Tips from Other Journals
Strategies for Identifying UTIs in Febrile Young Girls
Am Fam Physician. 2000 Oct 1;62(7):1672-1673.
Urinary tract infection (UTI) is a relatively common but often missed diagnosis in young children with fever. One possible explanation for this is that UTI may be overlooked as a source of fever. Another difficulty is the technical challenge of obtaining a clean-catch urine specimen from a young child without performing urethral catheterization. Many studies that attempt to correlate UTI with clinical findings such as fever, vomiting, diarrhea and poor feeding in children younger than one year have been inconsistent. In other studies, however, UTI has been consistently associated with factors such as age, race and level of fever. Gorelick and Shaw conducted a prospective study of febrile young girls in an effort to identify specific clinical factors predictive of a positive urine culture and to use those factors to distinguish patients at low risk of UTI from those who need further evaluation.
All girls younger than two years who presented to an urban emergency department over a 12-month period with a temperature of at least 38.3°C (100.9°F) without a definitive or unequivocal focus of infection were eligible for the study. Inclusion criteria consisted of nonspecific symptoms of upper respiratory tract infection. Children with a confirmed bacterial infection such as pneumonia, meningitis, cellulitis or streptococcal pharyngitis, or a specific viral infection, such as varicella or Coxsackie disease, were excluded from the study. Catheterized urine specimens were obtained on all patients enrolled in the study, and the examining physician completed a questionnaire to record the patient's signs and symptoms. The primary outcome was a positive urine culture, defined as pure growth of at least 104 colonies per mL of a pathogenic species of bacteria. Through a variety of statistical techniques, including the calculation of univariate relative risks with 95 percent confidence intervals (CI), the authors assessed a variety of clinical factors to develop a predictive model for UTI with fever.
Urine cultures were obtained from a total of 1,469 girls. Of these, 63 were positive. Sixty-eight percent of the children were described as “well-appearing,” and 77 percent had a potential source of fever on examination. The clinical factors assessed were age, race, duration of fever, presence of gastrointestinal or urinary symptoms, past history of UTI, temperature of at least 39°C (102.2°F), an ill appearance and abdominal tenderness. Of these, only the following five factors were considered predictive of UTI in this population: (1) age less than 12 months; (2) temperature of at least 39°C; (3) duration of fever for two days or more; (4) white race; and (5) absence of another source of fever on examination. The presence of two or more of these variables was 95 percent sensitive and 31 percent specific for a positive urine culture. The likelihood ratio for a positive culture (95 percent CI 1.21 to 1.43) was 1.35, whereas it was 0.18 for a negative result (95 percent CI 0.06 to 0.49). By retrospectively applying these variables, only three girls with a UTI would have been missed, but a total of 349 urine cultures (30 percent of the total) would have been eliminated.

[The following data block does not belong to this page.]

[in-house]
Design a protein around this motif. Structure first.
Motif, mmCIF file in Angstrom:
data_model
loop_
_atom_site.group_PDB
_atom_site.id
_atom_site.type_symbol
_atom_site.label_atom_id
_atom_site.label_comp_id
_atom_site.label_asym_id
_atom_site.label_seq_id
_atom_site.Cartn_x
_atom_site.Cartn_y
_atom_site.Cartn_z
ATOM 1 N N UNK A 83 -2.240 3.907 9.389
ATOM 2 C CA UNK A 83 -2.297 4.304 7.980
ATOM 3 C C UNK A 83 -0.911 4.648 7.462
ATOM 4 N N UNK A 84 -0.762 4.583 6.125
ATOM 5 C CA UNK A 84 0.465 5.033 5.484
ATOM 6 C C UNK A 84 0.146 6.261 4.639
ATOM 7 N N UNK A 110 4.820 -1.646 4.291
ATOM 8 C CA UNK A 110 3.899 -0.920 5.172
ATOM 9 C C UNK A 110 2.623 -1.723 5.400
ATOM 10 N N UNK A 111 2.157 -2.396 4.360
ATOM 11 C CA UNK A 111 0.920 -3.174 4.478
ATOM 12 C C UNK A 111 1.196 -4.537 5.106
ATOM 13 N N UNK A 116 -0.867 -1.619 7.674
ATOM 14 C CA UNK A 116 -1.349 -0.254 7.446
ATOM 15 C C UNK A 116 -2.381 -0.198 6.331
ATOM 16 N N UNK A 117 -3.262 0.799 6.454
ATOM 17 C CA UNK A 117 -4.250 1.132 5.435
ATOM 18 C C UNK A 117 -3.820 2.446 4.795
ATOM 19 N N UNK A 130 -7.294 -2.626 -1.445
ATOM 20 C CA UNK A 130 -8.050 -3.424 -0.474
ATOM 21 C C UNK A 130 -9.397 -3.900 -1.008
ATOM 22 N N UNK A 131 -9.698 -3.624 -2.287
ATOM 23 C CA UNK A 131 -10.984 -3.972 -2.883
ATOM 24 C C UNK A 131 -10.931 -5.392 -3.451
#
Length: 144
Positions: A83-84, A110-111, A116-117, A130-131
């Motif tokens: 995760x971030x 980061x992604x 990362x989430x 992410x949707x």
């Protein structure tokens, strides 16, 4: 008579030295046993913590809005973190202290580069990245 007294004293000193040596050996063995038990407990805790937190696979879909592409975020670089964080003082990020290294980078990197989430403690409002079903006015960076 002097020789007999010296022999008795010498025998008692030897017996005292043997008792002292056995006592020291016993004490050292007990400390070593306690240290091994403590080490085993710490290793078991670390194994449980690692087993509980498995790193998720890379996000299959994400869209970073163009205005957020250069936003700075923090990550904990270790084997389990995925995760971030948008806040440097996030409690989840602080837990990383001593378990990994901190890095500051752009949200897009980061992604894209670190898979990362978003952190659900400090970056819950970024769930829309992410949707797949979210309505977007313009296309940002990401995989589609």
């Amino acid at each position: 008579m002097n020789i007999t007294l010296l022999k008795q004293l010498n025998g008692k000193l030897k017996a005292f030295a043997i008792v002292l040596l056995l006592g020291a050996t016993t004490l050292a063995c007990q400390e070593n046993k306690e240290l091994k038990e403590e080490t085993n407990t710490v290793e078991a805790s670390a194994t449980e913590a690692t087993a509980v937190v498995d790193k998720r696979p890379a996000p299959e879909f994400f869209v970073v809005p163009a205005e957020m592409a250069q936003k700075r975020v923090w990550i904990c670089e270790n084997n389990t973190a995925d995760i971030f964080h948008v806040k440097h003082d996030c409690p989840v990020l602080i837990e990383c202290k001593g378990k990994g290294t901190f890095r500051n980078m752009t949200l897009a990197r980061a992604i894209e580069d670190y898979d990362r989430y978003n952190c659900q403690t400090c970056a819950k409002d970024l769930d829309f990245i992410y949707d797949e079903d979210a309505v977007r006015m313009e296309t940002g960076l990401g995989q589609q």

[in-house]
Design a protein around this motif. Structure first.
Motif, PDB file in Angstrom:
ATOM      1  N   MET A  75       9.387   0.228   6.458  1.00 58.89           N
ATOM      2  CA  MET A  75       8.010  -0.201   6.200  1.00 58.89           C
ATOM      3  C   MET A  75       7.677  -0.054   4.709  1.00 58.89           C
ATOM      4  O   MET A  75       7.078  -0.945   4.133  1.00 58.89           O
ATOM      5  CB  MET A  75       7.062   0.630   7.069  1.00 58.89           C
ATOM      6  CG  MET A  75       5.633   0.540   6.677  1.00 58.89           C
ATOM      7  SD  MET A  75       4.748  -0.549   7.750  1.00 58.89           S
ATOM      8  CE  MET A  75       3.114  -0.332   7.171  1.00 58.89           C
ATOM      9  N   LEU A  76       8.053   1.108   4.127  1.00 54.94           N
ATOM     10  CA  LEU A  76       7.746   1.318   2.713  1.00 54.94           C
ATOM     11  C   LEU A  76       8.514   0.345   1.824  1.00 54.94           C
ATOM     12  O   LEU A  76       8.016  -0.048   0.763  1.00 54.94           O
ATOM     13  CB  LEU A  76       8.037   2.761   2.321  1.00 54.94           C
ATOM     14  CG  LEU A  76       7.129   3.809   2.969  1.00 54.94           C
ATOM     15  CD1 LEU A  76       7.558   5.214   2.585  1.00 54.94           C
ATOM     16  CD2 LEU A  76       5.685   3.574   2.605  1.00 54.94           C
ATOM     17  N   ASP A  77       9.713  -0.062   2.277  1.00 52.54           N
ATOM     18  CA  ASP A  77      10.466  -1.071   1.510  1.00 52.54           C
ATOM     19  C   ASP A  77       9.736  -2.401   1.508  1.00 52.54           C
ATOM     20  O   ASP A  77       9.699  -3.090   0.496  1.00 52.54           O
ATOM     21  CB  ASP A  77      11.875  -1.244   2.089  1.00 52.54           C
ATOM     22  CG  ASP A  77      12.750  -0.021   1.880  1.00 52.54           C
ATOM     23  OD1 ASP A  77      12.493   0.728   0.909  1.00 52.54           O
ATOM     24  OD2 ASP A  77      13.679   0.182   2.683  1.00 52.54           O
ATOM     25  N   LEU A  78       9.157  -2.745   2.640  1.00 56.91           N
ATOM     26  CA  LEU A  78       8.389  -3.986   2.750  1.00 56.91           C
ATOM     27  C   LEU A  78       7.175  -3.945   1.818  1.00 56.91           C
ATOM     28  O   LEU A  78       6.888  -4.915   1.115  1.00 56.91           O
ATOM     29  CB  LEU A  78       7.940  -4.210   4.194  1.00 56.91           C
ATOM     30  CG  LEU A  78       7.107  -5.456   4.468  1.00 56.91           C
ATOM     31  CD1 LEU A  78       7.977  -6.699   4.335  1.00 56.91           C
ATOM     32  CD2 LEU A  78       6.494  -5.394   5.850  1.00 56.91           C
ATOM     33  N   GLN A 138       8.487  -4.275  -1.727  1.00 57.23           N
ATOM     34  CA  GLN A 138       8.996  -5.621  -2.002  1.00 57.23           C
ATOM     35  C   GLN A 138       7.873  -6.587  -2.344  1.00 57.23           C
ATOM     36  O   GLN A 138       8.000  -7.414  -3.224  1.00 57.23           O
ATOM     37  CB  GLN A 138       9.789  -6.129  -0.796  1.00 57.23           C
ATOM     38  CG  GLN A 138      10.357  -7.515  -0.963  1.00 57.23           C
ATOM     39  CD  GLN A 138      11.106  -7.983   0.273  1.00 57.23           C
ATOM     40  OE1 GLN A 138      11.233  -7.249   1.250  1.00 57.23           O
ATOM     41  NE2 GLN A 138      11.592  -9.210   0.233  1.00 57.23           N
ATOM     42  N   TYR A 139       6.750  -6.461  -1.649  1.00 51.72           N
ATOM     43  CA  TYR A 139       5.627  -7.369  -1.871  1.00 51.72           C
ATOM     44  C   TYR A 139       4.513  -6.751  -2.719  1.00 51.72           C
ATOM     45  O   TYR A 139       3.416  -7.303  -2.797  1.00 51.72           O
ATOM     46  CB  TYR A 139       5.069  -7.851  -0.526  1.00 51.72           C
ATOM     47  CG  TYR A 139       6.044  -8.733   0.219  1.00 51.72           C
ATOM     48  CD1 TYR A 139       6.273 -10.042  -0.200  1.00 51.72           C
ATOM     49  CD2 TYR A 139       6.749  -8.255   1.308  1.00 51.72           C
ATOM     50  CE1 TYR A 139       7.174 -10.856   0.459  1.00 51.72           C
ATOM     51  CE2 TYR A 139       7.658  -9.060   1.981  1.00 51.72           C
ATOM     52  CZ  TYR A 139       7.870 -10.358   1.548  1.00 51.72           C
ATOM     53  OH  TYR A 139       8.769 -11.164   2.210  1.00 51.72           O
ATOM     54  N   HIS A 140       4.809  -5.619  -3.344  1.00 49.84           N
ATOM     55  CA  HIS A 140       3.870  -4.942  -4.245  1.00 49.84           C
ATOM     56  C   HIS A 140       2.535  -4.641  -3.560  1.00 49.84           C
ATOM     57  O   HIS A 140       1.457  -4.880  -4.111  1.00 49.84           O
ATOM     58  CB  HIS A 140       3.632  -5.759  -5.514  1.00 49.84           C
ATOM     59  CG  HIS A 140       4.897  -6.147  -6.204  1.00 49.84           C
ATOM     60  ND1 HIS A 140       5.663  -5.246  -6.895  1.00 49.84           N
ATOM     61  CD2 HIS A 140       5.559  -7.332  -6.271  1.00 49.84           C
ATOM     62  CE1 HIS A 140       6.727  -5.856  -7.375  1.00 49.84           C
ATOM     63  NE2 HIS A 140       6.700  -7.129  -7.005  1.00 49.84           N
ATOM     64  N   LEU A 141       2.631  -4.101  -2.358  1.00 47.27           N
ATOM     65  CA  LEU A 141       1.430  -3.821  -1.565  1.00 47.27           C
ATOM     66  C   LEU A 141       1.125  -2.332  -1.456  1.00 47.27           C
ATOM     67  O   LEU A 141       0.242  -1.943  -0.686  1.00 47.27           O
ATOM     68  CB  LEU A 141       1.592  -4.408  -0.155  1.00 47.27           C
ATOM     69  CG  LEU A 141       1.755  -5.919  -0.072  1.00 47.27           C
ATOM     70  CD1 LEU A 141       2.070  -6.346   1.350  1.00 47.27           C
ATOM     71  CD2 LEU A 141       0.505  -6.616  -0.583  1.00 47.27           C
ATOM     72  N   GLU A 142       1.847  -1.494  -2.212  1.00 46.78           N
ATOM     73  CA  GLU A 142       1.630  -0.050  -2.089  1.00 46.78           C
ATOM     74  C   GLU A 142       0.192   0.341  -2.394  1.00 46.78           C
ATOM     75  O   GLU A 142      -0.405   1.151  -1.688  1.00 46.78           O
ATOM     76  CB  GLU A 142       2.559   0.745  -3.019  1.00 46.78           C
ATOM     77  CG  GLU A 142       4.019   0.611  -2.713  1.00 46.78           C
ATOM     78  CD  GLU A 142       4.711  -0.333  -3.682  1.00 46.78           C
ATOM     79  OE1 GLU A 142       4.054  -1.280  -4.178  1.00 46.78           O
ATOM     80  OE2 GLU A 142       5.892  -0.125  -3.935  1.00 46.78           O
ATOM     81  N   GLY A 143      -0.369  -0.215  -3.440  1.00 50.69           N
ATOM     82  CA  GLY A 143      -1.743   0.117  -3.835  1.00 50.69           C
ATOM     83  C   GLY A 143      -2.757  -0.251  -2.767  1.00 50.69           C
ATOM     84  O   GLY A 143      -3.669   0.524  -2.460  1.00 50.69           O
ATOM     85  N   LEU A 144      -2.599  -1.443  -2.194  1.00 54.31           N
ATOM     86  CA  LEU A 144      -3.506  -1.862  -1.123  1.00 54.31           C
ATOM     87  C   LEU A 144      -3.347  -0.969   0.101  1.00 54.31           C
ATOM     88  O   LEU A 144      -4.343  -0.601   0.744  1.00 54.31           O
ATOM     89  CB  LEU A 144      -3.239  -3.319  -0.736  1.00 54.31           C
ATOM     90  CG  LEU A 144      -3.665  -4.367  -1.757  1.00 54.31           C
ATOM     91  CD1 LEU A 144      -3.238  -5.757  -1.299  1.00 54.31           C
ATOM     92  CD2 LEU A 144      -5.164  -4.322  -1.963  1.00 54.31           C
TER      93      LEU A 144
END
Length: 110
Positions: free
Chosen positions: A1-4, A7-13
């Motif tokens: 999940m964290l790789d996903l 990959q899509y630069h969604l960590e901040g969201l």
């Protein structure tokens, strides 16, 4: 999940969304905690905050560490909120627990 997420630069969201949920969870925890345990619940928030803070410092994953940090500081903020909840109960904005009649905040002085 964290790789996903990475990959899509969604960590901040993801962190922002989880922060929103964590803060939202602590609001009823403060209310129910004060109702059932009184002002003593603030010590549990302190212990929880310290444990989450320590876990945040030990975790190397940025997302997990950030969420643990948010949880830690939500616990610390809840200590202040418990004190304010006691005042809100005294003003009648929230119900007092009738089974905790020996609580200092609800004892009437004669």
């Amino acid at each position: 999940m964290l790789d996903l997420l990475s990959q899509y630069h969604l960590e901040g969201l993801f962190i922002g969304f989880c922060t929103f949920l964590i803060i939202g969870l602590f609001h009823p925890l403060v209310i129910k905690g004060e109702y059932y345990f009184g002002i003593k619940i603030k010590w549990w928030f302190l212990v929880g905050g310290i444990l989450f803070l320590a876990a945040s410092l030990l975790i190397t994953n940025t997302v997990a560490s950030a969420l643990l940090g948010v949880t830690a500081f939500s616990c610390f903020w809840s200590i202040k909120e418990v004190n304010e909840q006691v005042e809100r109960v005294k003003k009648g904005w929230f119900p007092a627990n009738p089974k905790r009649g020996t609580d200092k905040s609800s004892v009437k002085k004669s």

The authors believe that this clinical decision model accurately predicts a positive urine culture in 95 percent of children younger than two years who have two or more of the identified variables. This model also would eliminate about one third of unnecessary urine cultures.
Gorelick MH, Shaw KN. Clinical decision rule to identify febrile young girls at risk for urinary tract infection. Arch Pediatr Adolesc Med. April 2000;154:386–90.
Copyright © 2000 by the American Academy of Family Physicians.
This content is owned by the AAFP. A person viewing it online may make one printout of the material and may use that printout only for his or her personal, non-commercial reference. This material may not otherwise be downloaded, copied, printed, stored, transmitted or reproduced in any medium, whether now known or later invented, except as authorized in writing by the AAFP. Contact firstname.lastname@example.org for copyright questions and/or permission requests.
Want to use this article elsewhere? Get Permissions